If this is still a little intimidating, go download one a variety of family-friendly meal plans from Life as MOM. They start you out with five meals, sides, and a baked good or two. Plug them into the week and then fill out the blanks.

Do YOU plan all the meals of the week?

Why or why not?

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Comments

  1. I do not plan out every meal of the week. Our schedules are too hectic, frequently change with less than 24 hours notice, and are not conducive to solid meal plans. If I wrote one out and followed it, I would actually have MORE food waste rather than less. I generally have a concept of about 3 meals at any point in time. I can then decide which ones I have time and energy to prepare when it gets closer to meal time. There is pretty much always at least one meal of leftovers hanging out in the fridge for when plans change and cooking time is not an option. When I’m not focusing on using up stuff I already have (like the pantry challenge which is continuing here) then I definitely shop the sales for meal ideas.

  2. Nope.. I definitely dont plan every meat for the week but when I had a bunch of kids at home I did.. We’re in our 50s and have an empty nest and Im not working right now so my approach is much more lackadaisical.
    Different times in life call for different approaches.

  3. I plan most of the 21 meals we eat in a week. . .I usually leave one or two spots blank because I know I’ll end up doing some shuffling when life happens. :) We eat better (and cheaper) when I take the time to write out a menu before the week starts.

  4. I definitely meal plan! As a teacher this saves my life during the school year when I come home wiped out and deciding what’s for dinner is not on my radar. During the summer, I “test drive” some new recipes to add to the mix. I am so happy I have stumbled on your fabulous blog! Grilled chicken for dinner last night that was cooked and frozen last week. You could almost hear my sigh of relief as we sat down to the table! I usually just meal plan dinners but the 3×7 idea is interesting!

  5. I do and love it. The methods have changed over the years, but it is now a necessary part of my life. I used to do just Supper (when we both worked outside the home), then lunches and suppers (when I was no longer working and DH could come home for lunch), then for all meals with snacks (when our kids were smaller). Now I do the 3 main meals and wing snacks.I actually posted about menu planning today on my blog, and gave some visuals of different way to do it.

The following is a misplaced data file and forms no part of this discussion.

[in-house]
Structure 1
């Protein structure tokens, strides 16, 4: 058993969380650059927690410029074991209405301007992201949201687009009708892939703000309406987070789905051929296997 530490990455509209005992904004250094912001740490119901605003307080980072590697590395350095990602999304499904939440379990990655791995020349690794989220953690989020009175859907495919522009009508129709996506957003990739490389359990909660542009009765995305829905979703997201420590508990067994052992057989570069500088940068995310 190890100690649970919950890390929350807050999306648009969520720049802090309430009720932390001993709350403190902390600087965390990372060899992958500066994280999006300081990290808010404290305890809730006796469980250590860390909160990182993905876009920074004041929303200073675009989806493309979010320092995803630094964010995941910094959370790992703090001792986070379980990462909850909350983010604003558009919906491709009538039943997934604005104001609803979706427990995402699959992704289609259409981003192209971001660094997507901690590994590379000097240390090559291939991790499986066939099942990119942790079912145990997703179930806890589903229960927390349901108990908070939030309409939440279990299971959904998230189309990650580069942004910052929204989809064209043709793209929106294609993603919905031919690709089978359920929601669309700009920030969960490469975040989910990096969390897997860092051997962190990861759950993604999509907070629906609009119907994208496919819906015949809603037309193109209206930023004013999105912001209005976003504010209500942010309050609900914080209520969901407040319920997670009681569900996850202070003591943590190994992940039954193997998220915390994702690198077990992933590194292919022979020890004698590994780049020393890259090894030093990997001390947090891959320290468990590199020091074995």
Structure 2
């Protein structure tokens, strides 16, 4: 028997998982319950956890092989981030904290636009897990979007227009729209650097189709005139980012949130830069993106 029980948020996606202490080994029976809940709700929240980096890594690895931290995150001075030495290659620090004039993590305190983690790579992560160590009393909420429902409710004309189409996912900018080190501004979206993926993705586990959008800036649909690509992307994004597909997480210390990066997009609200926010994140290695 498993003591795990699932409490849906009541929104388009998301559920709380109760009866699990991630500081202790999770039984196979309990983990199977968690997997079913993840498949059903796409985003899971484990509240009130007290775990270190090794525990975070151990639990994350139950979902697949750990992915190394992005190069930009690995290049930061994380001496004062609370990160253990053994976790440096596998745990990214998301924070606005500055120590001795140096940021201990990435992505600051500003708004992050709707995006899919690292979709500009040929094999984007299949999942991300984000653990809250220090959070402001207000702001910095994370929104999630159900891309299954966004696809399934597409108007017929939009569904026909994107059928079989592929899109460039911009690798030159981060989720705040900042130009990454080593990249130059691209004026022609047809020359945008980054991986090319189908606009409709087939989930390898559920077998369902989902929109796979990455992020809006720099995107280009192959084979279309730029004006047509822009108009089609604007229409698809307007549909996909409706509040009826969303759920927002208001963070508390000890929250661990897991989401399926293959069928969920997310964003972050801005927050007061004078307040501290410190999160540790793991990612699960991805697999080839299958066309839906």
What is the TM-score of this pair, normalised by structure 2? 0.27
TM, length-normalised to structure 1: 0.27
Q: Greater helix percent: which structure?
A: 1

There are times when I convince myself that I don’t have time to do menu plan, then kick myself for it later when our grocery bill is huge because I just winged it and ended up having to always run out for this or that. I tend to plan a month at a time, though the meals don’t always get eaten in the original way planned. It at least gives me something to go off of and an idea of what is in the house. Last week one meal was changed three time due to various reasons. It is okay. The meal plan didn’t burst into flames or anything. Life went on and we all ate. And this weekend when we were sick and at home, I didn’t have to worry about thinking up meals – they were already planned and the stuff was in the house.

  6. I plan but i dont assign. I only do dinners also. I shop every 2 weeks, buying what i need and then choose from my list based on what sounds good or works for that day. As for breakfasts, the kids get their own box of cereal(onefor the month) and they can choose from poptarts, granola bars, oatmeal, fruit, bagels, or carnation indtant breakfast. Weekends are for big breakfasts…waffles, pancakes, french toast, eggs, bacon, hashbrowns etc. snacks are never planned out either, they can find something from what i have on hand

  7. One of the best things I did was buy a 7 pound package of ground beef and cook it all up with onions and salt and pepper. I let it cool and then packaged it in 2 cup portions and froze it. Super easy for any casserole, tacos etc.